And this goes well beyond homogenous groups like “IT Decision Makers” and demographic buckets that lump people together by age, salary, education, or some other nonsensical variable (that will have zero impact or influence on anything).

Instead, you need to get into the nitty gritty of the challenges, problems, and issues that specific groups of individuals in similar roles will face. And then – MOST importantly – you need to get to grips with how they will likely think, feel, and react.

What keeps them up at night? What’s motivating them to get out of bed in the morning? What headache could be removed that would make their life better, easier, or generally more good?

What are the emotional and rational desires they need to meet to feel/know they’re doing a good job and delivering value for their organisation?

With a good grasp of what truly influences the people you’re targeting, you can get a much better idea of what might grab their attention.

  1. Match needs to solutions (with meaning)

Once you understand your audience’s pain points and drivers, you can start to identify the solutions/services/products you offer that meet those needs.

How does what you do change their lives (for the better)? What’s unique about your products or services? Why should they choose you over the myriad other organisations offering a similar solution?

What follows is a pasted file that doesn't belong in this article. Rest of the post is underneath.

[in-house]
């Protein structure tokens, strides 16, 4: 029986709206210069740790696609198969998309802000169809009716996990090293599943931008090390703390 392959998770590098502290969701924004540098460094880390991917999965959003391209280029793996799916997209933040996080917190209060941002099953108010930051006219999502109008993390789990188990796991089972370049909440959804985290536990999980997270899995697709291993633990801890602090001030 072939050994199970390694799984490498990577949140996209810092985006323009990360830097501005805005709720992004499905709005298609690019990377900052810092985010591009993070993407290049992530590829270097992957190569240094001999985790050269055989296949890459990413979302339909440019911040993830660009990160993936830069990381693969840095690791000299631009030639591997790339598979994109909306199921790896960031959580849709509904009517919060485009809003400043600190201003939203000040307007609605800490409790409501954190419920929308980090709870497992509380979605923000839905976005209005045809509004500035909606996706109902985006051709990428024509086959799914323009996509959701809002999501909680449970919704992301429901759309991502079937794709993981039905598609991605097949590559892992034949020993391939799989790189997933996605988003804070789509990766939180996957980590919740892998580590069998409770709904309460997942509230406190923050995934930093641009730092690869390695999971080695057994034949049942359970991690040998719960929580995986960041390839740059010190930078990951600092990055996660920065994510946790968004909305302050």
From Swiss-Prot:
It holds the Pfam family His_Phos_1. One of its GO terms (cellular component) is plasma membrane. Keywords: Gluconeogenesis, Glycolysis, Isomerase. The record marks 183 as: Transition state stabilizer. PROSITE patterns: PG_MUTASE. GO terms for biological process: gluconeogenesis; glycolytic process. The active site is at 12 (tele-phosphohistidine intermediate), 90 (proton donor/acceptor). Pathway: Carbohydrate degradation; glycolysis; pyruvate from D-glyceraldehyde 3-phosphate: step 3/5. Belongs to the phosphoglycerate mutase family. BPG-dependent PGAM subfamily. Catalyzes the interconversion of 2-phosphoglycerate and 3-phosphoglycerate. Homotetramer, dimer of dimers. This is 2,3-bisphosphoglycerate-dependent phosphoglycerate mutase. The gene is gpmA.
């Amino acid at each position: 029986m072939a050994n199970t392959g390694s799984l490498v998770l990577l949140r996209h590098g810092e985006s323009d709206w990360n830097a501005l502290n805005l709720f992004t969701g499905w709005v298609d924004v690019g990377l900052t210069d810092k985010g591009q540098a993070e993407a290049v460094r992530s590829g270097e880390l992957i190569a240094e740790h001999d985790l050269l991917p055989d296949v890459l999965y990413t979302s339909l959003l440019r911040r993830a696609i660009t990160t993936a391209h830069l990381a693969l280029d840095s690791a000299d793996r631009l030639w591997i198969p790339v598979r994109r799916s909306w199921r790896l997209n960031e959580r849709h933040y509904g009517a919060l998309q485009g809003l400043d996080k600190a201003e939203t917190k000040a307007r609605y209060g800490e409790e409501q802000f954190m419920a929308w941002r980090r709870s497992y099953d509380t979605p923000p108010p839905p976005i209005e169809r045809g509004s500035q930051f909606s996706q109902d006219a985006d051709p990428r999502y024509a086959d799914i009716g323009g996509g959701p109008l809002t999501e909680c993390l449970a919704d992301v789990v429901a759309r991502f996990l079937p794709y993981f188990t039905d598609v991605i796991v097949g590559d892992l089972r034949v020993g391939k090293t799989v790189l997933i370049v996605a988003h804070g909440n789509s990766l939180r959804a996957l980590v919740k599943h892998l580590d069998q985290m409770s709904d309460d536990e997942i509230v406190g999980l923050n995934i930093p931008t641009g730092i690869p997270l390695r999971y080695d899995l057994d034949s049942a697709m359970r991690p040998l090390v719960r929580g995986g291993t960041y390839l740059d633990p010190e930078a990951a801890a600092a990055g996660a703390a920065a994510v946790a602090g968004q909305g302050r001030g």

N.B. If you can’t answer these questions then you really need to go back to the drawing board to define your positioning and value props as a business. If you need a hand with these, just give us a shout.

What’s vital here though is that what you do is seen as being meaningfully different.

Being different is easy. You can just be whacky, weird, and odd without breaking a sweat. Sure, you might catch someone’s eye for a moment, but you’ll quickly get passed over as just being whacky, weird, and odd.

The real magic comes from being meaningfully different – which is all about talking to, relating to, and engaging with people in a way that is entirely relevant to them, makes them feel seen, and demonstrates a clear understanding of their world.

(Which all comes from doing the groundwork in point 1, above).

If the way you talk about and promote what you do to your target audience doesn’t convey meaningful difference, you’ll just end up as noise. And that’s not a great place to be for delivering ROI.

So, once you’ve built an understanding of your target audiences and you’ve nailed how to be meaningfully different to them, that’s when the creative sparks can start to fly…